$testvariable = "hello"; echo "The value of test is $testVariable";
This produces the string:
The value of test is
The problem can be much harder to identify by visual inspection if the variable is part of a complex operation, such as being used as an array element index, part of
<table> output, or as a parameter to a database query.
If output appears but isn't as expected, an uninitialized variable is a possibility. The simplest approach to detecting the error is then to check for a bug by setting
error_reporting(E_ALL) at the top of the script as discussed in the last section.
isset( ) can also control execution and debug code, because it returns
true if the variable exists (even if it's set to
NULL or an empty string) and
false if it has never been used.
Another related problem involves variable names appearing where values should. This is usually the simple problem of an omitted dollar sign and is easy to fix. For example:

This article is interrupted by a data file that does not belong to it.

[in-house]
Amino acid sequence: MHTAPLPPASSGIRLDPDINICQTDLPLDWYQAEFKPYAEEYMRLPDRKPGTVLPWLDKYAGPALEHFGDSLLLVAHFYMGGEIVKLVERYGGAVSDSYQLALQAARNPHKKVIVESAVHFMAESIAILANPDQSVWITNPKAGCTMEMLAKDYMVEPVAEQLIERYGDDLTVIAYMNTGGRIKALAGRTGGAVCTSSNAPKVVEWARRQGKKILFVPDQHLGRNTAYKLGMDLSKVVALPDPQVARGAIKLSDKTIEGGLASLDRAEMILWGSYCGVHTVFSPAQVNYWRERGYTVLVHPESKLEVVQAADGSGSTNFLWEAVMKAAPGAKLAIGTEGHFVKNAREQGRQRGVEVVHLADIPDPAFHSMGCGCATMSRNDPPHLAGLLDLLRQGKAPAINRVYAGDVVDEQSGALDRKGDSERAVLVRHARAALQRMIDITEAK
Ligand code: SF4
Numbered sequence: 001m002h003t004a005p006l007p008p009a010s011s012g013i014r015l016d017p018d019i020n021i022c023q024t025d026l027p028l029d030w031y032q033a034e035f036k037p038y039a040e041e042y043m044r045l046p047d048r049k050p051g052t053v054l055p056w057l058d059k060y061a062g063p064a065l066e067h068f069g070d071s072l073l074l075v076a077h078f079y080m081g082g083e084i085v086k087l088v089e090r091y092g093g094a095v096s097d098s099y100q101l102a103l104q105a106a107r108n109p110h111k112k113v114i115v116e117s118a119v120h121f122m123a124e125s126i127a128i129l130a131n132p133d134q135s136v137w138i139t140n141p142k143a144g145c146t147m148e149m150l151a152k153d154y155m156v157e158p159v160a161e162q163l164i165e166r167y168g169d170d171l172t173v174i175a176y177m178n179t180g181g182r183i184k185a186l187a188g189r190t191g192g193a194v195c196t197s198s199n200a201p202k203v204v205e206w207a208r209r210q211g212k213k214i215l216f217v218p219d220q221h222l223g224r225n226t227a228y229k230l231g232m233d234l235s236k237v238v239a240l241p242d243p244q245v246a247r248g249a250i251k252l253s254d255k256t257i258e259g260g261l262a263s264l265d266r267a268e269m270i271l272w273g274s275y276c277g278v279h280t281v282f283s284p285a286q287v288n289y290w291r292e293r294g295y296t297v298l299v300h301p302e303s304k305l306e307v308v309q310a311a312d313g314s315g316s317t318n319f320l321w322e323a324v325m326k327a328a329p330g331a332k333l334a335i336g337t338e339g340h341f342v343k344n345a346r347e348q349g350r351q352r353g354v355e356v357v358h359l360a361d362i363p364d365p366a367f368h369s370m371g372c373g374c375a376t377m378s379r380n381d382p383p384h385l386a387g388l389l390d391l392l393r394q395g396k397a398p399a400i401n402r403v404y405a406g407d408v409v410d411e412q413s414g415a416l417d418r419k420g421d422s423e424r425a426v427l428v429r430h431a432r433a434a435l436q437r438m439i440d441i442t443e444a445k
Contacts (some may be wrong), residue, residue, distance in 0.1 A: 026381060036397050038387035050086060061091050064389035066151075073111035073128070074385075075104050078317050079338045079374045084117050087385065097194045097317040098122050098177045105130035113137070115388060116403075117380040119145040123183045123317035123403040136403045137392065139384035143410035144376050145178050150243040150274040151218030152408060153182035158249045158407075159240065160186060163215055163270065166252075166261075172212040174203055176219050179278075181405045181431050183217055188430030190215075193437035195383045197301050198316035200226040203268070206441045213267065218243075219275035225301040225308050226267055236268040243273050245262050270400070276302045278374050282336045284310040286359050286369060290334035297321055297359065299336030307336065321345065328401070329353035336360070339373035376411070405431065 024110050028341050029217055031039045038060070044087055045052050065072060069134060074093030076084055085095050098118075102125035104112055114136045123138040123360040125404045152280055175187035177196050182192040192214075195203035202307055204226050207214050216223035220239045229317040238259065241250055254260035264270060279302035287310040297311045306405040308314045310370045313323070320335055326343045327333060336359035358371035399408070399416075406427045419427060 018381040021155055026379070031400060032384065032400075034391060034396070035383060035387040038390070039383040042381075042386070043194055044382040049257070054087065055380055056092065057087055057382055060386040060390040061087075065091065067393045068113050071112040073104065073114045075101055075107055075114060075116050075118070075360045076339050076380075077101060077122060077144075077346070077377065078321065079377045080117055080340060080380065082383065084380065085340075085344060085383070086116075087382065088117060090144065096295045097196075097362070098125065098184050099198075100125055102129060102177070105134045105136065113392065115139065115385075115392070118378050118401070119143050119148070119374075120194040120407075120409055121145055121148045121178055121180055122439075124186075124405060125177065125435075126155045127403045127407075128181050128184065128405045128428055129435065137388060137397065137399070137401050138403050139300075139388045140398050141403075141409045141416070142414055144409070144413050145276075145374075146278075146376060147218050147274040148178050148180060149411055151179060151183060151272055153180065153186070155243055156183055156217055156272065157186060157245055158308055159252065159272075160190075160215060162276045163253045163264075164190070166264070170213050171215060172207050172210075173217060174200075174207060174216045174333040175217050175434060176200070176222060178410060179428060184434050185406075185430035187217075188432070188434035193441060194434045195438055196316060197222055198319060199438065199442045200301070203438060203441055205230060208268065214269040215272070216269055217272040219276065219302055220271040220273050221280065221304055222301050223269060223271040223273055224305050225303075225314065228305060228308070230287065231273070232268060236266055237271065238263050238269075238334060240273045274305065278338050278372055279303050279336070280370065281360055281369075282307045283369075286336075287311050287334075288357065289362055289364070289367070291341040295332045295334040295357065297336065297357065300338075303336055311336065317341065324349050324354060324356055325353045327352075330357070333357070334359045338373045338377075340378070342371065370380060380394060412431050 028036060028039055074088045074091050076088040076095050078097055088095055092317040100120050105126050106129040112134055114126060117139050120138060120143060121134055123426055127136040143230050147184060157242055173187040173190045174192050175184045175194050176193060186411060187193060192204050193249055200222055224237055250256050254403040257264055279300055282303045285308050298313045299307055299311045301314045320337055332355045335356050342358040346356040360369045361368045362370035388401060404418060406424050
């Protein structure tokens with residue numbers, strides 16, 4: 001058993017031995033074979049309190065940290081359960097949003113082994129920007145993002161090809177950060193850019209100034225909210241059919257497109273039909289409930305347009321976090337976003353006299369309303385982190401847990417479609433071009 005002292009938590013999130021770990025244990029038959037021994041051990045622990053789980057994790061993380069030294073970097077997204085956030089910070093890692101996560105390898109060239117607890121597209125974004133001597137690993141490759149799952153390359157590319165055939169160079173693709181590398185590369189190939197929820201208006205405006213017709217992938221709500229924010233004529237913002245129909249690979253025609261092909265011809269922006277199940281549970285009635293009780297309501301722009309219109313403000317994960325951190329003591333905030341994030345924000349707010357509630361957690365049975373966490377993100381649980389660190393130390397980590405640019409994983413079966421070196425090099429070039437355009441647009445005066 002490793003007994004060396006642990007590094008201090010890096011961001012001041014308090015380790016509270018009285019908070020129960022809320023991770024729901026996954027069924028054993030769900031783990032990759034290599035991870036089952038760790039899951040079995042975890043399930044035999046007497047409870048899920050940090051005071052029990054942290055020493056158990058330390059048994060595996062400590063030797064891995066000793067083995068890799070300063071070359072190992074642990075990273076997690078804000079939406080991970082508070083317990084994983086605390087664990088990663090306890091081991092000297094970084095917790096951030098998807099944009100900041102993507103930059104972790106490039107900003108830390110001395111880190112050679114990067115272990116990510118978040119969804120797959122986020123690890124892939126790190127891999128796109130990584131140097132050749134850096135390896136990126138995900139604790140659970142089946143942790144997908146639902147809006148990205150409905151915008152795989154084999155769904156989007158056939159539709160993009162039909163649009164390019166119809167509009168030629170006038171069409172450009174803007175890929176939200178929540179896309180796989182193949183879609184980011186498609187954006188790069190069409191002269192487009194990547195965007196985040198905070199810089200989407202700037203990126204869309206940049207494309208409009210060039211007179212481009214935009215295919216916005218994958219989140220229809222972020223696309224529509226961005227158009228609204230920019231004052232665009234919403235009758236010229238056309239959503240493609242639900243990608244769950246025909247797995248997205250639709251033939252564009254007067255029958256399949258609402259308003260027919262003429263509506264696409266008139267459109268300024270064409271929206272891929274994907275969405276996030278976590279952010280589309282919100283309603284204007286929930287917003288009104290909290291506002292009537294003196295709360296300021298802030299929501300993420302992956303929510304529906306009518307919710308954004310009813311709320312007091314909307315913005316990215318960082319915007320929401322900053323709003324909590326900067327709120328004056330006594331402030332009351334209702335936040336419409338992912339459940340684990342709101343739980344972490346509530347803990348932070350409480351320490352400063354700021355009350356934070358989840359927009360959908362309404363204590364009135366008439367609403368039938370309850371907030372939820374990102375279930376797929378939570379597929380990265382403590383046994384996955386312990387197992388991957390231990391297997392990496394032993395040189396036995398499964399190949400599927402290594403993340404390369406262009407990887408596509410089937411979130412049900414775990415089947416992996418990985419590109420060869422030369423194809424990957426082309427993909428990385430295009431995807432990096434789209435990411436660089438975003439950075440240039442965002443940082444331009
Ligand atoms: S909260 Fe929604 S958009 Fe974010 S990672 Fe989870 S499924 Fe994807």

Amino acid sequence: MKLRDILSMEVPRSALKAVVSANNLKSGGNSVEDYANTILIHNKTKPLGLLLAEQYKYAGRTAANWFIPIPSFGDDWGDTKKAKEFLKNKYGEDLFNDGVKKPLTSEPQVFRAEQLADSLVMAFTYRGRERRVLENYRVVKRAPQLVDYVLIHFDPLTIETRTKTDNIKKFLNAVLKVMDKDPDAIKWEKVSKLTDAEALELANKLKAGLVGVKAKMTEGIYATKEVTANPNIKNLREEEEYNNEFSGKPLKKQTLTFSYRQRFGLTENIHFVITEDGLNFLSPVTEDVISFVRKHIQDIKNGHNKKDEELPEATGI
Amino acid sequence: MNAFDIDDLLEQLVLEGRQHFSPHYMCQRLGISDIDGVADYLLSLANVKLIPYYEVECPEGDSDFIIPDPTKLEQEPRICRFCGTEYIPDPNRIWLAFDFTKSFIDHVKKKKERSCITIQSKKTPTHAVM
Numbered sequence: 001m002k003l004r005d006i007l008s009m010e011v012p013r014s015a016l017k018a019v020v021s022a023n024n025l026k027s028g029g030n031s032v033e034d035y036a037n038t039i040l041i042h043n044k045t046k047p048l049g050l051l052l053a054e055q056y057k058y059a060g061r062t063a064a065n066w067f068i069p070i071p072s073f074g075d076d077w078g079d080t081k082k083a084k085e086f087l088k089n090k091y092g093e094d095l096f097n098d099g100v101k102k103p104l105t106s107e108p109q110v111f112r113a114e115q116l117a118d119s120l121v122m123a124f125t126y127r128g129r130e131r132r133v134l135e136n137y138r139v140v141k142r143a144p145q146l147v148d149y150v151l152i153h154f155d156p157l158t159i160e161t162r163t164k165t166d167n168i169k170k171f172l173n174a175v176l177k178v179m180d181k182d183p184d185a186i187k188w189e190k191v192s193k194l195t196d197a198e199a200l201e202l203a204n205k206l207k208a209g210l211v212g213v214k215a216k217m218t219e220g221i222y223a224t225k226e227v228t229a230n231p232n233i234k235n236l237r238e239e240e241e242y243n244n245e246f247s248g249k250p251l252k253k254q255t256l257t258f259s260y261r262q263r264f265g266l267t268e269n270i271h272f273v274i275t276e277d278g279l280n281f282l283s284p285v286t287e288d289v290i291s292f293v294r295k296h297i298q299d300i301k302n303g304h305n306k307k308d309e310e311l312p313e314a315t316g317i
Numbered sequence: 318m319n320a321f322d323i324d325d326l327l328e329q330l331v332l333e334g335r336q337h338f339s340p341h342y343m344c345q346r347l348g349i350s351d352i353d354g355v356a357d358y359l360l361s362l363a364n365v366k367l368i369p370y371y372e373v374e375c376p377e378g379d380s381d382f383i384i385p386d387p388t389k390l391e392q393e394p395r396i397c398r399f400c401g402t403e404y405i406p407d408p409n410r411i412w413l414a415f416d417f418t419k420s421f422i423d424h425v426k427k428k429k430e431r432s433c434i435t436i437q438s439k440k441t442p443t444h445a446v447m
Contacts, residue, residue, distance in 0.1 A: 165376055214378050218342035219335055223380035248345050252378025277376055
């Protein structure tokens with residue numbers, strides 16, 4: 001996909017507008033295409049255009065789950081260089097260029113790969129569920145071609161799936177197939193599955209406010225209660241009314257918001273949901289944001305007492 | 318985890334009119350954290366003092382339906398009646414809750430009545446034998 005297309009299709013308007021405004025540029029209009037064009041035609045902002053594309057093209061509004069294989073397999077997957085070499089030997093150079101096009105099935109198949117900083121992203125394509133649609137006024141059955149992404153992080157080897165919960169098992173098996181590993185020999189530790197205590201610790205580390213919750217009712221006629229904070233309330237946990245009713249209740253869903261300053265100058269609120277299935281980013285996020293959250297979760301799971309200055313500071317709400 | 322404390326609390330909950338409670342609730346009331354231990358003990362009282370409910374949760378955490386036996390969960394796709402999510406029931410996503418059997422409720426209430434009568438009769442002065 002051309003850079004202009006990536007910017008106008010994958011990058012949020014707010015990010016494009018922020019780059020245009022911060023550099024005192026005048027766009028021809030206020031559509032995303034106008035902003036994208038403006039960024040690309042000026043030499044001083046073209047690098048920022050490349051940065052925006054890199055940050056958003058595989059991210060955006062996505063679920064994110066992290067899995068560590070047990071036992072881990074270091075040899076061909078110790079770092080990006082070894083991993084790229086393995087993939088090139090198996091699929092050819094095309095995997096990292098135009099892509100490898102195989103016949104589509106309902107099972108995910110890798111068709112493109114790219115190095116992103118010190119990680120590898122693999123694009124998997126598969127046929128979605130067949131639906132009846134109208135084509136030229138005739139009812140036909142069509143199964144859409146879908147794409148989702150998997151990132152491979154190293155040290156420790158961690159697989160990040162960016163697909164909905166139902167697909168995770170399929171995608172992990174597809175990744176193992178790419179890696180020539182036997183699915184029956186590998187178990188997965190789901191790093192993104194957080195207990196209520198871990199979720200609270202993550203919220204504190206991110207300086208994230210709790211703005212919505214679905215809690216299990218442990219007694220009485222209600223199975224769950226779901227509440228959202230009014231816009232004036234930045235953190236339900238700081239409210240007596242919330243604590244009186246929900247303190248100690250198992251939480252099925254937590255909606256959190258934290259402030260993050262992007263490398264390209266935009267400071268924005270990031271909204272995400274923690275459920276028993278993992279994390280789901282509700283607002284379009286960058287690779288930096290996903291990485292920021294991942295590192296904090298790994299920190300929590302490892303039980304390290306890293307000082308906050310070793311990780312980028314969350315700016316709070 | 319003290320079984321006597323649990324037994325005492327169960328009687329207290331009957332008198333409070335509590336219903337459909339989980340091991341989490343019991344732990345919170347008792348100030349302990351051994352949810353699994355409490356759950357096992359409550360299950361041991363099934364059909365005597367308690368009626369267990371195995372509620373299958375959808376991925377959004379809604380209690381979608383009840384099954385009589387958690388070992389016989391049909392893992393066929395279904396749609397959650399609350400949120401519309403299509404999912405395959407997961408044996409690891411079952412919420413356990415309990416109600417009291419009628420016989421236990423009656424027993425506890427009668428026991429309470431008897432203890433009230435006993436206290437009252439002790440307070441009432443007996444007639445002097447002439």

echo "the value of test is test";
This should have been:
echo "the value of test is $test";
If a dollar sign is omitted in a statement such as an assignment or conditional, the PHP interpreter reports a specific parse error with its default error-reporting level.
A similar problem can also occur when single quotes are used instead of double quotes, because single-quoted strings are always output directly, and the string isn't interpreted like a double-quoted string is. For example:
echo 'the value of test is $test';
the value of test is $test
It doesn't output the value of the variable